National Army Museum, Waiouru, New Zealand : Military History & Army War Museum

The Grass Will Still Be Red, Even After The Rain

The National Army Museum thought this great wartime poem written by 11 year old Henry Harford of St Heliers School, Auckland was a fitting tribute for ANZAC Day.

ANZAC Day PoppyBy Henry Harford, 11 years, St Heliers School

There was a treaty set in stone

But the German people started to moan


As Germans threatened to invade

Adolf Hitler disobeyed


The Jewish people all wore a star

Then the Gestapo took them far


War started with a boom

On a shocking September afternoon


Fields were left dark and red

As soldiers slowly bled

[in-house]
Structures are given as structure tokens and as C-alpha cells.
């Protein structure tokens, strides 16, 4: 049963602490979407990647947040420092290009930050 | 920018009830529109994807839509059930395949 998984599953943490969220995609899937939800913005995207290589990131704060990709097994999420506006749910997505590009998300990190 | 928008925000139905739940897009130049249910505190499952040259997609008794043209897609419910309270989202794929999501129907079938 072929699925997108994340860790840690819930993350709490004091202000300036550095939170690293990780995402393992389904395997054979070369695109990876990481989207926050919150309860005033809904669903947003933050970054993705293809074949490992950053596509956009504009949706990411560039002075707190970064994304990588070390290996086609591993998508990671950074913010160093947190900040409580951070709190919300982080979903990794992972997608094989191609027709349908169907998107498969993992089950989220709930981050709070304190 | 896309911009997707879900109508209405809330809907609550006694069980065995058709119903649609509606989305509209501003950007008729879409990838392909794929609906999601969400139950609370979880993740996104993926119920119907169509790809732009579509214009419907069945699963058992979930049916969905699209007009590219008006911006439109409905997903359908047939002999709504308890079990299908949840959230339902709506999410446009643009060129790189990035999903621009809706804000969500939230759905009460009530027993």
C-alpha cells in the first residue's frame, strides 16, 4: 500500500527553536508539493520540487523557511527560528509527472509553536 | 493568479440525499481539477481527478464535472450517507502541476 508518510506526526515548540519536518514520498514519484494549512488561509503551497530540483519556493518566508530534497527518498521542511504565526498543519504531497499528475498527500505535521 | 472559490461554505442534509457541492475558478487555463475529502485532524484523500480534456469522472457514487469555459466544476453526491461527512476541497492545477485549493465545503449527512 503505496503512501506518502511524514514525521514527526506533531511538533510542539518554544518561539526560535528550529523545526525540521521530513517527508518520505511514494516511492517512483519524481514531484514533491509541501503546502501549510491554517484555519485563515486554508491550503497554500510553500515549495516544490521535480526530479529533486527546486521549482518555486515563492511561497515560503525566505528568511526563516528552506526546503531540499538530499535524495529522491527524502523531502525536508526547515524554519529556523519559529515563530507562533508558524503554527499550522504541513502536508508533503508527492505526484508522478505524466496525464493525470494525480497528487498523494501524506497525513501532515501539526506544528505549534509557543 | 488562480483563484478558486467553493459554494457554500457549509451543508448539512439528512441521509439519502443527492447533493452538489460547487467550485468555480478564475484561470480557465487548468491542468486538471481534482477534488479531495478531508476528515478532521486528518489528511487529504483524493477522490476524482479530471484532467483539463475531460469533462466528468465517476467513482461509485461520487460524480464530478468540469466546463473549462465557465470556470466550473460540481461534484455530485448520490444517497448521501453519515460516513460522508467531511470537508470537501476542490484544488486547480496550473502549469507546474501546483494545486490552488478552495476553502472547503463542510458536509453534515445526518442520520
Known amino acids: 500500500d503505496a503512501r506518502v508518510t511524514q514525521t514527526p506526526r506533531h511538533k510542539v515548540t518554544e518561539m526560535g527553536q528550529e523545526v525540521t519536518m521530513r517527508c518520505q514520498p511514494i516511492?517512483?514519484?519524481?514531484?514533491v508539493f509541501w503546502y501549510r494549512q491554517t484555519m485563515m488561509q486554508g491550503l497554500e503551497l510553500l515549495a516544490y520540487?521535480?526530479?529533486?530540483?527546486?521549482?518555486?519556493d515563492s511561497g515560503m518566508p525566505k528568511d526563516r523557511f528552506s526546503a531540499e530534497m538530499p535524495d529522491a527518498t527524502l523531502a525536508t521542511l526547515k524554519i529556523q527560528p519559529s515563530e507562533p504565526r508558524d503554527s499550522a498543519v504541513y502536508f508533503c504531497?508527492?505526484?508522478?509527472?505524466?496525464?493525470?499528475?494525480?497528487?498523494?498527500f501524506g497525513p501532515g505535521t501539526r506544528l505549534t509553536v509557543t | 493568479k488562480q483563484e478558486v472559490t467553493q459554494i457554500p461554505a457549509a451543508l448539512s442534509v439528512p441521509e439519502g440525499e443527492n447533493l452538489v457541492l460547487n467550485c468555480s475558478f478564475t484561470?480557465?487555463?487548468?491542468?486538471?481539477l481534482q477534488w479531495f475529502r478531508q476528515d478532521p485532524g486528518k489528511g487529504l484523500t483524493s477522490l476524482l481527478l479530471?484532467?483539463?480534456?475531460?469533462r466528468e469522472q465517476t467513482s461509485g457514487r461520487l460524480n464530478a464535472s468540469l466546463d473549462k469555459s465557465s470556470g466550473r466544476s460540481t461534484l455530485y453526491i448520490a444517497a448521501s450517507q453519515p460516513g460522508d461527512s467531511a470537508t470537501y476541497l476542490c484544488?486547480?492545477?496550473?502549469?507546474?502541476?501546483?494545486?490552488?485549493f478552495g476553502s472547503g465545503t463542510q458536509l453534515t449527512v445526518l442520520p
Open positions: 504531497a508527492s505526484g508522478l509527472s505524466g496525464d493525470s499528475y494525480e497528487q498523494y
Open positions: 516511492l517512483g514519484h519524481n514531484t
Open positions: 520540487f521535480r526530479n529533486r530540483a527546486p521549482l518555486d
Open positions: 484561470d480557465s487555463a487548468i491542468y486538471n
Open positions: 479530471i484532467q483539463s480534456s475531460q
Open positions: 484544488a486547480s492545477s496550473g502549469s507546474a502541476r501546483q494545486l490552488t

Children were forced to run

As Nazi’s pointed their guns


Winston Churchill said stop

Adolf Hitler thought not


Cities left in rubble

As citizens were in trouble


The planes all lay broken

In the rubble still smoking


Desperately peace was needed

“Help” the people pleaded


America finally joined the fight

To show the Axis powers their might


Russia joined the calling

To speed up Germany’s falling


Now they had an Allied team

This made the Nazi party scream


War ended in 1945

With an Allied win as Hitler took a dive


May we never forget the pain

So the soldiers did not die in vain


The grass will be red even after the rain

Henry Harford - Wartime Poem Author